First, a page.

But will it be enough to compete with experienced heavy hitters?
Political insiders like Donna Brazile, former campaign manager for Al Gore's 2000 campaign and an ABC News consultant, wonder.
"Unless he's able to raise $50 million to $75 million by the end of 2007, he won't be seen as a serious contender. Hillary Clinton will be able to raise that overnight," Brazile told ABC News.
Beyond the excitement of Democrats and some in the media, it's not tough to discern a feeling of confusion on Capitol Hill.
The question one often hears may be fueled by some resentment and jealousy, sure, but it bears answering: Just who the hell is Barack Obama? And why on Earth should he be trusted in these dangerous times with the most powerful job on Earth?
His biography is part of his selling point: Born in Hawaii to a white mother from Kansas and an African father, Obama moved around a lot as a child. After college he became a community organizer. Then he went to Harvard Law School where he became the first black president of its esteemed law review.
Chicago businesswoman Valerie Jarrett has known Obama and his wife, Michelle, for more than 15 years.
"He's a wonderful listener. He's compassionate, and he's the kind of person where if you pick up the phone and your voice sounds a little funny, he knows it right away and says, 'What's going on with you?'" Jarrett said.
What's going on with Obama is a catapulting into the celebrity stratosphere -- Jay Leno, Monday Night Football, Oprah Winfrey.
It all seems pretty heady. Obama even made People magazine photographed in a bathing suit near spreads about Hollywood pinups Penelope Cruz and Hugh Jackman.
Jarrett said that Obama was embarrassed by the photo.
"He was mortified. … It was a wake-up call. They think they are enjoying a quiet family moment, and they weren't," Jarrett said. "So in a sense it's a message that this is what their life is going to be like, and he's decided that it's worth it."
Former Republican National Committee chairman Ed Gillespie does not know Obama, and disagrees with his politics. He admires his talent, though.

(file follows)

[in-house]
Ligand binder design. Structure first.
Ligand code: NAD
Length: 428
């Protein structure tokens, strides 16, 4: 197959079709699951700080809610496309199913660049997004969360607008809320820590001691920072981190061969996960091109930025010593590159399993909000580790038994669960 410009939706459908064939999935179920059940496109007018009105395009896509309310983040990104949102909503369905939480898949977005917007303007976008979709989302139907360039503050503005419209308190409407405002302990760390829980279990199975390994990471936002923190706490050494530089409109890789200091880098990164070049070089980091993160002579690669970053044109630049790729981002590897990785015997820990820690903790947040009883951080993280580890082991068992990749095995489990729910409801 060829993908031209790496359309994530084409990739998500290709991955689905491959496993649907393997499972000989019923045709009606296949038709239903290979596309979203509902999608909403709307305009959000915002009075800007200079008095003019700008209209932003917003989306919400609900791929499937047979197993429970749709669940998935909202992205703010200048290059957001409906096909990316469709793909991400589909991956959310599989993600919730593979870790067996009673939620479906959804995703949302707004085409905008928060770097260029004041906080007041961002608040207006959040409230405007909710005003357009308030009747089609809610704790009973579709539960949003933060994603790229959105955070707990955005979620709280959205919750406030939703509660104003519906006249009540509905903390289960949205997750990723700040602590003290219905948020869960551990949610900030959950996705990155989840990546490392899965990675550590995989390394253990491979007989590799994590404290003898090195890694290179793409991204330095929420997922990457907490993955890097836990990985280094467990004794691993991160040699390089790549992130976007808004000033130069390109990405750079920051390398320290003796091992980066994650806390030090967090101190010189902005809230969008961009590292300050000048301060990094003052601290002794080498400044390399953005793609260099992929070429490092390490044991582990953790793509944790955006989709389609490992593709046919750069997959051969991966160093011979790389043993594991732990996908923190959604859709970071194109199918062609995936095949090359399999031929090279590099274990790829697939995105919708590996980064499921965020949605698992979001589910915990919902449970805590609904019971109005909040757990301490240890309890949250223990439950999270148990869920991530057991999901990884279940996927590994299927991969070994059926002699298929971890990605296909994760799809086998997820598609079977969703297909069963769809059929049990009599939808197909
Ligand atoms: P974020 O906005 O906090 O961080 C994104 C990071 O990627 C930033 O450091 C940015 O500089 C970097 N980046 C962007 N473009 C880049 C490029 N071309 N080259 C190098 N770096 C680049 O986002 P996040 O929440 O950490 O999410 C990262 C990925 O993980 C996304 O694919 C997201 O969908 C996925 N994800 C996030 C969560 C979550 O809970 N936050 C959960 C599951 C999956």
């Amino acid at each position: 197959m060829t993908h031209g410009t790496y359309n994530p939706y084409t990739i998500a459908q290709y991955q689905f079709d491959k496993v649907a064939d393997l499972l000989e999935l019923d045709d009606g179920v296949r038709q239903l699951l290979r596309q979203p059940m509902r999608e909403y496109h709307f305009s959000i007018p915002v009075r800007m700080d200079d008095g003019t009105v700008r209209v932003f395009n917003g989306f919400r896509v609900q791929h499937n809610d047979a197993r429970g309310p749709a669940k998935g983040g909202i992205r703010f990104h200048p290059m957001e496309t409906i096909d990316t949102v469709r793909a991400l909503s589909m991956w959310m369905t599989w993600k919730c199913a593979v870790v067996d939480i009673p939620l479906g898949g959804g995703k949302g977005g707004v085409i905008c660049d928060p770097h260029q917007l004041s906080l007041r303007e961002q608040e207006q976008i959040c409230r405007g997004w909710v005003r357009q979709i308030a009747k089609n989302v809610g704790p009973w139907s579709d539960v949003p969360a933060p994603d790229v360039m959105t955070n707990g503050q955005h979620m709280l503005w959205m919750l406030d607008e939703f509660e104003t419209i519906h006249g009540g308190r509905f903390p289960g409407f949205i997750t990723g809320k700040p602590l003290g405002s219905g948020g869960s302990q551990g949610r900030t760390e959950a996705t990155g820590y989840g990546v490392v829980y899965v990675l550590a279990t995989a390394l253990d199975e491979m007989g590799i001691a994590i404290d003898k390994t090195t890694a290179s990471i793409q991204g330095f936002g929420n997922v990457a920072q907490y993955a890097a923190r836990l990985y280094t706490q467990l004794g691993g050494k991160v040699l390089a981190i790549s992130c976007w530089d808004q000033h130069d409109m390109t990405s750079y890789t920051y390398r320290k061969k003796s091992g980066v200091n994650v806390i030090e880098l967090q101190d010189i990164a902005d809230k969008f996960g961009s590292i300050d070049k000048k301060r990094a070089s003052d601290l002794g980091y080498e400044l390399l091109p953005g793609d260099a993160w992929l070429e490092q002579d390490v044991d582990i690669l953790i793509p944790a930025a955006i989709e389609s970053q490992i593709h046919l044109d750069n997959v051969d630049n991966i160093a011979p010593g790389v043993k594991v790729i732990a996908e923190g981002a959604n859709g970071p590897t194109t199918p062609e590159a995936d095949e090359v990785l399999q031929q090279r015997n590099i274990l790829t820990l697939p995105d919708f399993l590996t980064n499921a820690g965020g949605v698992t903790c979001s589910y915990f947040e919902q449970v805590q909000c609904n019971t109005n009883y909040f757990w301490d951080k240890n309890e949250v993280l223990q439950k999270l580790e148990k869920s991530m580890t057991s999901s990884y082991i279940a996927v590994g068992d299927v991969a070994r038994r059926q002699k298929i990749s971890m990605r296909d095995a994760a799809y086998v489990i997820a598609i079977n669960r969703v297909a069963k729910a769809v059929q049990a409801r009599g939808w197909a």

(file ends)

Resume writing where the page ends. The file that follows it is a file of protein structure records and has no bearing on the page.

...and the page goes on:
"He is a very good speaker. I saw him in Boston at the Democratic National Convention, and he did a very good job," Gillespie told ABC News. "He enjoys a pretty broad appeal."
But Gillespie notes what Obama himself has acknowledged: that right now he's in many ways a blank slate on which fans are projecting their views and their hopes, and that this popularity is unlikely to remain the more people find out about him.
"Right now I think there are a lot of moderate Democrats who assume he is a moderate and a lot of liberal Democrats who assume he is a liberal democrat," Gillespie said. "In the end, given his numbers somebody is going to be disappointed."
Democrats may be disappointed to learn that as a teenager Obama did cocaine, as he said in the "Nightline" interview.
"Well, when I was in high school, you know, I did a lot of stupid things," he said.
Democrats may not like what they hear about a questionable land deal Obama was involved in with a political operative, who has since been indicted on fraud charges.
He told "Nightline" he could have handled the deal better.
"We paid higher than the appraised value. But, you know, it's a situation where I missed, sort of, the potential appearance of impropriety, or at least the possibility that he was doing me a favor," he said.